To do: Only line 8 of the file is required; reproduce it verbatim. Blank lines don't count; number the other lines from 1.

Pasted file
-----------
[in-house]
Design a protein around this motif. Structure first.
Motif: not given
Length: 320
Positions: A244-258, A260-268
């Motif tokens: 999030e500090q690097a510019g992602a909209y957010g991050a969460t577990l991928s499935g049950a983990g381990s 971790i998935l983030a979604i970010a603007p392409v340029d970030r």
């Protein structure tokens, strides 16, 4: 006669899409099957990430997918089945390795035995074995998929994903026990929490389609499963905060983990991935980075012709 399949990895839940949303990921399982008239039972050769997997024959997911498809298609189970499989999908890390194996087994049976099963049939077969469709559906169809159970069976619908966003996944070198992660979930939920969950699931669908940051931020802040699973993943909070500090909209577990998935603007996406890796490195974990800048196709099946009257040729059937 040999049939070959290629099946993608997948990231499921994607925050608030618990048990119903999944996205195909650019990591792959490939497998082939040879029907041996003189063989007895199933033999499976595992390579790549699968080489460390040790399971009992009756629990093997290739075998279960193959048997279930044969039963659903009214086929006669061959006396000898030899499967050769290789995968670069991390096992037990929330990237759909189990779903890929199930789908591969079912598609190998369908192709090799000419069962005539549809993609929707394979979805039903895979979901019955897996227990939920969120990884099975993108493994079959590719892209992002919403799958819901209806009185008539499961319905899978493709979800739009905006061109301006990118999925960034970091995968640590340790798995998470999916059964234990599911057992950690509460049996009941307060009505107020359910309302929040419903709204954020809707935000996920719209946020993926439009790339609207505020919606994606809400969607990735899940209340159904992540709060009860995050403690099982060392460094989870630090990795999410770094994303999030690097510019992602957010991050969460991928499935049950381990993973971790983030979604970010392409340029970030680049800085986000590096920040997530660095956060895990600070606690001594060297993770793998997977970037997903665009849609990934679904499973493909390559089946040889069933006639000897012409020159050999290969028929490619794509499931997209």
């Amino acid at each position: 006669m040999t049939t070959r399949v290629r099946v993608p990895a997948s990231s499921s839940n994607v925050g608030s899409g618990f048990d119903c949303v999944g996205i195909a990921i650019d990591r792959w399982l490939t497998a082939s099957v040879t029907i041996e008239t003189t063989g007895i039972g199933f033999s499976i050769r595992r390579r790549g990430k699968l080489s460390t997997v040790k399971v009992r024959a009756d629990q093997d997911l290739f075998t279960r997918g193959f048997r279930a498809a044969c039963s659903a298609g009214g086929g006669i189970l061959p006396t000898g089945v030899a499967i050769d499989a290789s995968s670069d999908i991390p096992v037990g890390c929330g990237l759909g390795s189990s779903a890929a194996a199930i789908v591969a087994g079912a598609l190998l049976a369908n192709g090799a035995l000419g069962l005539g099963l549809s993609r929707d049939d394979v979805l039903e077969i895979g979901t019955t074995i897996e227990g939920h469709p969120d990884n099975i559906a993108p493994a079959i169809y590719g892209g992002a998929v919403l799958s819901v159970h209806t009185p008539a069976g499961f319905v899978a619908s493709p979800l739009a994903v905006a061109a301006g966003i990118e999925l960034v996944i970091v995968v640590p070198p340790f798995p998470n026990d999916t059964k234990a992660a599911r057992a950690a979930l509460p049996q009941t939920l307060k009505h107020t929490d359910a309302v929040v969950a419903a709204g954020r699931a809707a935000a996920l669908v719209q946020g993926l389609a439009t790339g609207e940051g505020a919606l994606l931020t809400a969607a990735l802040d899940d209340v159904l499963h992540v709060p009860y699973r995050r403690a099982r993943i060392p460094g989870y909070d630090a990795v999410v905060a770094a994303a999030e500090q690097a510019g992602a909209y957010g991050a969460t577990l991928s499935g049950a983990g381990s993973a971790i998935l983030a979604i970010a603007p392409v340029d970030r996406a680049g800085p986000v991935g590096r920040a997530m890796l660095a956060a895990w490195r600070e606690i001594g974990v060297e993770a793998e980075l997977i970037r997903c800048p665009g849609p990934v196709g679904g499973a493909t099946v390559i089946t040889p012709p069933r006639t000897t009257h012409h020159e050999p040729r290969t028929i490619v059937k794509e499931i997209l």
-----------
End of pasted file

């Amino acid at each position: 006669m040999t049939t070959r399949v290629r099946v993608p990895a997948s990231s499921s839940n994607v925050g608030s899409g618990f048990d119903c949303v999944g996205i195909a990921i650019d990591r792959w399982l490939t497998a082939s099957v040879t029907i041996e008239t003189t063989g007895i039972g199933f033999s499976i050769r595992r390579r790549g990430k699968l080489s460390t997997v040790k399971v009992r024959a009756d629990q093997d997911l290739f075998t279960r997918g193959f048997r279930a498809a044969c039963s659903a298609g009214g086929g006669i189970l061959p006396t000898g089945v030899a499967i050769d499989a290789s995968s670069d999908i991390p096992v037990g890390c929330g990237l759909g390795s189990s779903a890929a194996a199930i789908v591969a087994g079912a598609l190998l049976a369908n192709g090799a035995l000419g069962l005539g099963l549809s993609r929707d049939d394979v979805l039903e077969i895979g979901t019955t074995i897996e227990g939920h469709p969120d990884n099975i559906a993108p493994a079959i169809y590719g892209g992002a998929v919403l799958s819901v159970h209806t009185p008539a069976g499961f319905v899978a619908s493709p979800l739009a994903v905006a061109a301006g966003i990118e999925l960034v996944i970091v995968v640590p070198p340790f798995p998470n026990d999916t059964k234990a992660a599911r057992a950690a979930l509460p049996q009941t939920l307060k009505h107020t929490d359910a309302v929040v969950a419903a709204g954020r699931a809707a935000a996920l669908v719209q946020g993926l389609a439009t790339g609207e940051g505020a919606l994606l931020t809400a969607a990735l802040d899940d209340v159904l499963h992540v709060p009860y699973r995050r403690a099982r993943i060392p460094g989870y909070d630090a990795v999410v905060a770094a994303a999030e500090q690097a510019g992602a909209y957010g991050a969460t577990l991928s499935g049950a983990g381990s993973a971790i998935l983030a979604i970010a603007p392409v340029d970030r996406a680049g800085p986000v991935g590096r920040a997530m890796l660095a956060a895990w490195r600070e606690i001594g974990v060297e993770a793998e980075l997977i970037r997903c800048p665009g849609p990934v196709g679904g499973a493909t099946v390559i089946t040889p012709p069933r006639t000897t009257h012409h020159e050999p040729r290969t028929i490619v059937k794509e499931i997209l």